Last Updated: 2012-02-17 9:59:02 -0400 (Reuters Health)
By Lewis Krauskopf
(Reuters) - AstraZeneca Plc is selling breast cancer drug Arimidex directly to U.S. patients, offering an option for people who want to pay for the brand instead of generic versions.
Under the drugmaker's new program, patients with a prescription can pay $40 a month for Arimidex to be mailed to their homes.
That is less than patients would generally pay for the brand, but is typically more than the co-payment for generic versions of the drug, also known as anastrozole.
AstraZeneca said it started the program in response to patients asking for options to buy the brand, which are prohibitively more expensive compared with generics since the cheaper copies became available in mid-2010.
"We definitely got lots of calls every month to our information center on how they could get a branded option," said Steve Davis, Astra's executive director overseeing its mature brands in the United States. "There are patients that prefer not to be on the generic option."
Health plans generally try to steer patients to generic versions once they become available because they are significantly less expensive.
AstraZeneca's move is similar to one by Pfizer Inc, which has offered delivery of brand versions of its Lipitor drug to patients after the big-selling cholesterol treatment lost U.S. patent protection in November.
Arimidex was once a big seller for Astra. In 2009, the last full year before generics arrived, Arimidex sales reached $1.9 billion globally and about $880 million in the United States alone. Last year, Astra's U.S. sales of the drug fell 91 percent to $42 million, reflecting the toll taken by generic rivals.
In Arimidex's class of drugs, known as aromatase inhibitors, some 96 percent of prescriptions are generic, Davis said.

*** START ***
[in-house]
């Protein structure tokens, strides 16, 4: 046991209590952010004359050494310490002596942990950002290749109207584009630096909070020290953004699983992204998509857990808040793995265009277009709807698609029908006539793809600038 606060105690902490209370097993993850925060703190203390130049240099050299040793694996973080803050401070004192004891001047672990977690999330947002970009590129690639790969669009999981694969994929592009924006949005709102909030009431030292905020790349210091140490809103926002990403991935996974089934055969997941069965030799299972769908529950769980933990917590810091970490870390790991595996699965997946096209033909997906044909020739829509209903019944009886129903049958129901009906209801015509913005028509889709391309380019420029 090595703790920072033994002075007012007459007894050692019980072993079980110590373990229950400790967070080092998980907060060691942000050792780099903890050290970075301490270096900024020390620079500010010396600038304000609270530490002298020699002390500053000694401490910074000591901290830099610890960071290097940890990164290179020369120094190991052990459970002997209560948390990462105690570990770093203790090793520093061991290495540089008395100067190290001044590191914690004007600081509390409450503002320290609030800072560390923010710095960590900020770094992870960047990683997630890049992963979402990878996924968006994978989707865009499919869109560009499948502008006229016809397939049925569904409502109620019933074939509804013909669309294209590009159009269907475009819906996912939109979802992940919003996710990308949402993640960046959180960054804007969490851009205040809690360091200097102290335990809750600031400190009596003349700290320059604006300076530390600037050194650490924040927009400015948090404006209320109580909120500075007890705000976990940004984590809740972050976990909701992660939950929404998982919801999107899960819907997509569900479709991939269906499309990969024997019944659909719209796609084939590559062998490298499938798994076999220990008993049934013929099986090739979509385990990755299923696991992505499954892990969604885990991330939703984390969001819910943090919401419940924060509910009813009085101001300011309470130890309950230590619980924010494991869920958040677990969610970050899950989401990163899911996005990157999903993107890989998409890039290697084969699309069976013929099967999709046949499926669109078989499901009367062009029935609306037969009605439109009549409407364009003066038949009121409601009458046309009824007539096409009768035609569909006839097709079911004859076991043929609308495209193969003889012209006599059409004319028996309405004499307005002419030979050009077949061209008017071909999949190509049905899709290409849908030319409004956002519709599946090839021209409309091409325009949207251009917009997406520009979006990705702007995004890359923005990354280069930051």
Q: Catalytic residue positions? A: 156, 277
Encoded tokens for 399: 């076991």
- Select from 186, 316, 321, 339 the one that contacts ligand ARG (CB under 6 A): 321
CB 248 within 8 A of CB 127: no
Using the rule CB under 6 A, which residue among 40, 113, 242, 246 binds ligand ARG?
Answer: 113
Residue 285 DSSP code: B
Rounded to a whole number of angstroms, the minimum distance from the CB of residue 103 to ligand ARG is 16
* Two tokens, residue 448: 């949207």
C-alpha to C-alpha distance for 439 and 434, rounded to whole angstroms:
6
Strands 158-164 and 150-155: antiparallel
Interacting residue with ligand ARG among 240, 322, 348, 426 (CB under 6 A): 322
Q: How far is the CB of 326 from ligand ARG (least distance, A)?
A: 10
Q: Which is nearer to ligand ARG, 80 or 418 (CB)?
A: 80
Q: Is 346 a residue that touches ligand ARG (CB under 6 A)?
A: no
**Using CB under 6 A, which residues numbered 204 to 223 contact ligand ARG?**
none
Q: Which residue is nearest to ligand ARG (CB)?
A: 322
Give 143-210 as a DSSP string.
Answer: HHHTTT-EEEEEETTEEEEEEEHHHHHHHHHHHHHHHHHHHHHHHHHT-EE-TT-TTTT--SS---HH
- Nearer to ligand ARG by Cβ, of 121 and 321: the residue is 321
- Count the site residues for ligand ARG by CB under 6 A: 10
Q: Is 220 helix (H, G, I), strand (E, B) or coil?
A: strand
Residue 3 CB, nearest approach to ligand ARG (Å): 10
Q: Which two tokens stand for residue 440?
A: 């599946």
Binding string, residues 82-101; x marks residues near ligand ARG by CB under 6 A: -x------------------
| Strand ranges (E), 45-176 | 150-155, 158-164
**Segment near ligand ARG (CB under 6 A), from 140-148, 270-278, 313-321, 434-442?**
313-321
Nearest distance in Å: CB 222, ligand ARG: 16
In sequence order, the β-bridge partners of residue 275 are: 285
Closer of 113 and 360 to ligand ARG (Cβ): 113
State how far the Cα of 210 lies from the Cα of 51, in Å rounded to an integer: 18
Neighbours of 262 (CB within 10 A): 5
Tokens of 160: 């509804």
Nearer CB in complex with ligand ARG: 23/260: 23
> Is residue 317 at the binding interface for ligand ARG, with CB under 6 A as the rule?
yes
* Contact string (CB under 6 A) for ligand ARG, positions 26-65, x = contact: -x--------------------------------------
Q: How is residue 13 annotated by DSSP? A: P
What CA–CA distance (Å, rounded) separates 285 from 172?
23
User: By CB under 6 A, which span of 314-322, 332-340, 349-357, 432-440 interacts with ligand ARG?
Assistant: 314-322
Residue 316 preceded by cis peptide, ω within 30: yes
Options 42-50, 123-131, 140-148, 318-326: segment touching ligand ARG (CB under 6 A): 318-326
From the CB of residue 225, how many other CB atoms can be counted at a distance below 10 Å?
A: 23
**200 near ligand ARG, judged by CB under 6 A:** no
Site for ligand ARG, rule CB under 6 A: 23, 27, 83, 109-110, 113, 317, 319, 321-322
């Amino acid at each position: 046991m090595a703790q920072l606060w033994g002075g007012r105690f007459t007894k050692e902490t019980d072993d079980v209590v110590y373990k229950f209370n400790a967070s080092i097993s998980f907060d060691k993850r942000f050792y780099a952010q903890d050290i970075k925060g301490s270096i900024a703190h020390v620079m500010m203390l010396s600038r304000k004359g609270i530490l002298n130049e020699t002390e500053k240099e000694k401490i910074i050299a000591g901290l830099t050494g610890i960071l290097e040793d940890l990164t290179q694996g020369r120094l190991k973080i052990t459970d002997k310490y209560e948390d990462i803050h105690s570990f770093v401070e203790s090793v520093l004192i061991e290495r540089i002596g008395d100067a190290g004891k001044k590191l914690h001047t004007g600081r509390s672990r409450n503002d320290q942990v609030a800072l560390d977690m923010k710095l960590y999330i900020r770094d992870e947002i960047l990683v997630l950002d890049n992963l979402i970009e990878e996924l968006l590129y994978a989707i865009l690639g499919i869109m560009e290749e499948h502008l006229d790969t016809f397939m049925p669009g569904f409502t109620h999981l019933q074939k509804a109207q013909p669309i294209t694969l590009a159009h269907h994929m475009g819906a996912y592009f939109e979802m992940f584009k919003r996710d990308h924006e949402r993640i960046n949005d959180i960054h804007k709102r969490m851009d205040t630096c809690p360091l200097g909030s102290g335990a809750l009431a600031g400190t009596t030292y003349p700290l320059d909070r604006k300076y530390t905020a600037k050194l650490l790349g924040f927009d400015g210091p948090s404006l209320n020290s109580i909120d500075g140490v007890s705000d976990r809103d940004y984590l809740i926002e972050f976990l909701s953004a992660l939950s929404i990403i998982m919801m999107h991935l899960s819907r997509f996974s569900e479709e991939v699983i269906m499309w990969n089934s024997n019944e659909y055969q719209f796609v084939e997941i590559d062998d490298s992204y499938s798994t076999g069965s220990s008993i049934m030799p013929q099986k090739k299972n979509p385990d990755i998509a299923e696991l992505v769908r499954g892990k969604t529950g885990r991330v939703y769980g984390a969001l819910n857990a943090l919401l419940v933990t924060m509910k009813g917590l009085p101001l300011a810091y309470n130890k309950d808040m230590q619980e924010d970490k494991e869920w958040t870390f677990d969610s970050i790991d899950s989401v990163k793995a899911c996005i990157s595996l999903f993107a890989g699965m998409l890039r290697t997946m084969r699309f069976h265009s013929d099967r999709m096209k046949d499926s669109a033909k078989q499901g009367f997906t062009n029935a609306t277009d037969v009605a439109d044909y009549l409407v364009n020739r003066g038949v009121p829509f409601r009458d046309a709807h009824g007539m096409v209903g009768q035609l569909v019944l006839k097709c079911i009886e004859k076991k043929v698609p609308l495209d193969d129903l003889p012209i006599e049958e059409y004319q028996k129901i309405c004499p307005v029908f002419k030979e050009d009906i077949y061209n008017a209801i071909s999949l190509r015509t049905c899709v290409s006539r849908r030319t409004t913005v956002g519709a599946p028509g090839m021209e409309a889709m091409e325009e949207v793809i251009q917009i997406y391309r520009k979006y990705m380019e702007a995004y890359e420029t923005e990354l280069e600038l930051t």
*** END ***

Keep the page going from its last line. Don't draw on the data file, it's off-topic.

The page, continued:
A major wrinkle in the Arimidex Direct program is that patients do not use their health insurance to get their pills, but pay out of pocket. AstraZeneca is contracting with Express Scripts Inc, a pharmacy benefit management company that mails the prescription to patients.
At $40 a month, the price is more than the usual $10 co-pay for generics, but less than insured patients would otherwise pay for the brand, which may only be available at close to the full price, according to Express Scripts.
Drugstore.com lists a one-month supply of Arimidex at $458.97 and anastrozole at $186.01.
"Given the seriousness of the condition, there may be individuals who are willing to pay $40 for the brand," said Everett Neville, chief trade relations officer Express Scripts. "That's completely different than you might see with some less emotionally charged conditions."
Aromatase inhibitors are used to treat breast cancer or help keep breast cancer from recurring after surgery, according to the American Cancer Society.
Davis said AstraZeneca started the program late last year, initially marketing it through brochures left in oncologists' offices and wanted to make sure it was working smoothly before publicizing it. About 300 patients are enrolled so far.
"This is a very emotional disease and it brings a lot of patient concerns," Davis added. "There is brand loyalty."
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